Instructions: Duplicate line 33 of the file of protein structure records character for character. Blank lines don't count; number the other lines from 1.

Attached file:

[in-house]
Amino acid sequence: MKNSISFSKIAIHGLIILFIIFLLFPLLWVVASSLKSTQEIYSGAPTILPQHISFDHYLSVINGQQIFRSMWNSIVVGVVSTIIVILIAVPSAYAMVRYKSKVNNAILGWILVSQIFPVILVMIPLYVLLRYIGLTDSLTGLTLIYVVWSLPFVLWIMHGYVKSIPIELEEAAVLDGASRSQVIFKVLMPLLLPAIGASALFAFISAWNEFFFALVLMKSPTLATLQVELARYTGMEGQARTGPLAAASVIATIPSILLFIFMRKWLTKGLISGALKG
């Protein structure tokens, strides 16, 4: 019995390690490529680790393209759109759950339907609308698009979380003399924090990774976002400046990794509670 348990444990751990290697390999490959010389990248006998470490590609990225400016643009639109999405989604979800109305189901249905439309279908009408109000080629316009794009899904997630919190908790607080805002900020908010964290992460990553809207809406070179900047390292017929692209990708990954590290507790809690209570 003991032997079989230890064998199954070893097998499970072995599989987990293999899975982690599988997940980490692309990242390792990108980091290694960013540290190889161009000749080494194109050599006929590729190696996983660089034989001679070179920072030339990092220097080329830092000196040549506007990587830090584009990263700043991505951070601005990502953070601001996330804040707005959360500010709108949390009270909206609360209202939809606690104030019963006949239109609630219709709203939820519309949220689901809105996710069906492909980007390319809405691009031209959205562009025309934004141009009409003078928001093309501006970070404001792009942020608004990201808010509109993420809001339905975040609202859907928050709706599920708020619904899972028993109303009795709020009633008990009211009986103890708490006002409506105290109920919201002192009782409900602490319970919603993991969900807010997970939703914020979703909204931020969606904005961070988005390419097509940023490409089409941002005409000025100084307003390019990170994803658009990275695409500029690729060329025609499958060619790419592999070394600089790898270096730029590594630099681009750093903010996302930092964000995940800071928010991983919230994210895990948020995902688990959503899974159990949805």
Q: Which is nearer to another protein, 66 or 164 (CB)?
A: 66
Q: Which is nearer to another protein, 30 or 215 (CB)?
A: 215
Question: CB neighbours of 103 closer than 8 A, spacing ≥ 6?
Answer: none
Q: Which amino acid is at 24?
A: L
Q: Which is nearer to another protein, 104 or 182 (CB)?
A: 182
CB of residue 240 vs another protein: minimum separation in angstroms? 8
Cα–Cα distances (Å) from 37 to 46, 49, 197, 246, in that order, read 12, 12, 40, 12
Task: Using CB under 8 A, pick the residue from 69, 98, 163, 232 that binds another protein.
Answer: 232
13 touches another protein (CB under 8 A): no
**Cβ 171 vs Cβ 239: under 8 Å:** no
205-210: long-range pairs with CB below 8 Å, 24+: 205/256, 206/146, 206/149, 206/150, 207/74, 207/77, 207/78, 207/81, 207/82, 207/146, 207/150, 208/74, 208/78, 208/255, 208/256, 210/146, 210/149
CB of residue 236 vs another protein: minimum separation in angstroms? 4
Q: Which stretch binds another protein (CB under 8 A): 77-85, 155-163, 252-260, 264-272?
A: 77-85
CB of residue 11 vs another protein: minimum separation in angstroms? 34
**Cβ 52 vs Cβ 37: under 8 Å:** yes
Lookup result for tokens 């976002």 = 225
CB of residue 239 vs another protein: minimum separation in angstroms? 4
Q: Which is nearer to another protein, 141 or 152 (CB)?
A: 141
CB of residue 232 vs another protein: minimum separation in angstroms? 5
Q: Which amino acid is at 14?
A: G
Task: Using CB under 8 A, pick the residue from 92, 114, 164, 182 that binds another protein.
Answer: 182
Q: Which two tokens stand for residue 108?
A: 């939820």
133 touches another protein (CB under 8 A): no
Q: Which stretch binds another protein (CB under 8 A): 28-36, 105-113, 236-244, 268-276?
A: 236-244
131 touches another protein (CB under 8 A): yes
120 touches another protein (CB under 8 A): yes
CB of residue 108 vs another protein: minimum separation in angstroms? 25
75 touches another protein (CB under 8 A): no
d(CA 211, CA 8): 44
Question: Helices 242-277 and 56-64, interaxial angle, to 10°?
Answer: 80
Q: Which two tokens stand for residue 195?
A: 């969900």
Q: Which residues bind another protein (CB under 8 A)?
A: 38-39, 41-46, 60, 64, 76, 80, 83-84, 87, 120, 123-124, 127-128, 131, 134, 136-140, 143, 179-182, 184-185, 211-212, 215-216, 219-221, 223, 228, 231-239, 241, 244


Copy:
Task: Using CB under 8 A, pick the residue from 92, 114, 164, 182 that binds another protein.